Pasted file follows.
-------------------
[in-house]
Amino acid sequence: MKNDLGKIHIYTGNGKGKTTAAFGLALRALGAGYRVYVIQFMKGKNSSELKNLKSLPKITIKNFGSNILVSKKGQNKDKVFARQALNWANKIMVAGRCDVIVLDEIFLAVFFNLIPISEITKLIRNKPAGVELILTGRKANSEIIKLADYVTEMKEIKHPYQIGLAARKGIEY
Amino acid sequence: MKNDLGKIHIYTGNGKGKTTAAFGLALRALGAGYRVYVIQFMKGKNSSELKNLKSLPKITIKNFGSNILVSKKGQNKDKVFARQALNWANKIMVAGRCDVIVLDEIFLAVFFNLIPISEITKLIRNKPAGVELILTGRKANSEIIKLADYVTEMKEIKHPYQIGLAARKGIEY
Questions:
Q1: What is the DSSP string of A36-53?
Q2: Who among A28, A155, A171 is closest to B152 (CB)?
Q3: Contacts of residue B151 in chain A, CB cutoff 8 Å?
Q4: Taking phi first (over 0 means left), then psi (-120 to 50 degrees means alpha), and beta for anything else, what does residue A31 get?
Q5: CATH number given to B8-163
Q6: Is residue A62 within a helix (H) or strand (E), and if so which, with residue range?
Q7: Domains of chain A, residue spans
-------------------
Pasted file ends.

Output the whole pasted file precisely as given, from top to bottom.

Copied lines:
[in-house]
Amino acid sequence: MKNDLGKIHIYTGNGKGKTTAAFGLALRALGAGYRVYVIQFMKGKNSSELKNLKSLPKITIKNFGSNILVSKKGQNKDKVFARQALNWANKIMVAGRCDVIVLDEIFLAVFFNLIPISEITKLIRNKPAGVELILTGRKANSEIIKLADYVTEMKEIKHPYQIGLAARKGIEY
Amino acid sequence: MKNDLGKIHIYTGNGKGKTTAAFGLALRALGAGYRVYVIQFMKGKNSSELKNLKSLPKITIKNFGSNILVSKKGQNKDKVFARQALNWANKIMVAGRCDVIVLDEIFLAVFFNLIPISEITKLIRNKPAGVELILTGRKANSEIIKLADYVTEMKEIKHPYQIGLAARKGIEY
Questions:
Q1: What is the DSSP string of A36-53?
Q2: Who among A28, A155, A171 is closest to B152 (CB)?
Q3: Contacts of residue B151 in chain A, CB cutoff 8 Å?
Q4: Taking phi first (over 0 means left), then psi (-120 to 50 degrees means alpha), and beta for anything else, what does residue A31 get?
Q5: CATH number given to B8-163
Q6: Is residue A62 within a helix (H) or strand (E), and if so which, with residue range?
Q7: Domains of chain A, residue spans